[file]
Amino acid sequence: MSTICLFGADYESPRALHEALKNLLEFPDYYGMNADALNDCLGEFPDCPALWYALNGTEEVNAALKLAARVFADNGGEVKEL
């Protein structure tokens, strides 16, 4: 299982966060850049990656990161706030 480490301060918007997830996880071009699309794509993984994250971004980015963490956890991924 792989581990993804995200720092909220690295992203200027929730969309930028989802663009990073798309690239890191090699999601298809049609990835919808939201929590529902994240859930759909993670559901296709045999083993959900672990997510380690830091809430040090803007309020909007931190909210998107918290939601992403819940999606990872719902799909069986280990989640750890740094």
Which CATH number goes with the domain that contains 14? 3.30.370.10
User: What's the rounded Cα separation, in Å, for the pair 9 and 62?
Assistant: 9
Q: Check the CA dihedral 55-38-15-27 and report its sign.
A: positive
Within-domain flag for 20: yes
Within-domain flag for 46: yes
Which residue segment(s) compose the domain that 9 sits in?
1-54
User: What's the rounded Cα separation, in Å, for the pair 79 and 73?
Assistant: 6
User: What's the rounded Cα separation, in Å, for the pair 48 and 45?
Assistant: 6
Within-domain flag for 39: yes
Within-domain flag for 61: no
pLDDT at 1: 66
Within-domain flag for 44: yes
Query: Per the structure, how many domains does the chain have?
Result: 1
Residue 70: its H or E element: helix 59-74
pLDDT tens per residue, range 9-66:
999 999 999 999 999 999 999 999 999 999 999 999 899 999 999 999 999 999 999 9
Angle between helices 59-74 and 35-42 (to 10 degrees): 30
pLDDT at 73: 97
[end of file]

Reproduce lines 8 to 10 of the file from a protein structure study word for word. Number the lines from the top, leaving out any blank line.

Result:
Within-domain flag for 20: yes
Within-domain flag for 46: yes
Which residue segment(s) compose the domain that 9 sits in?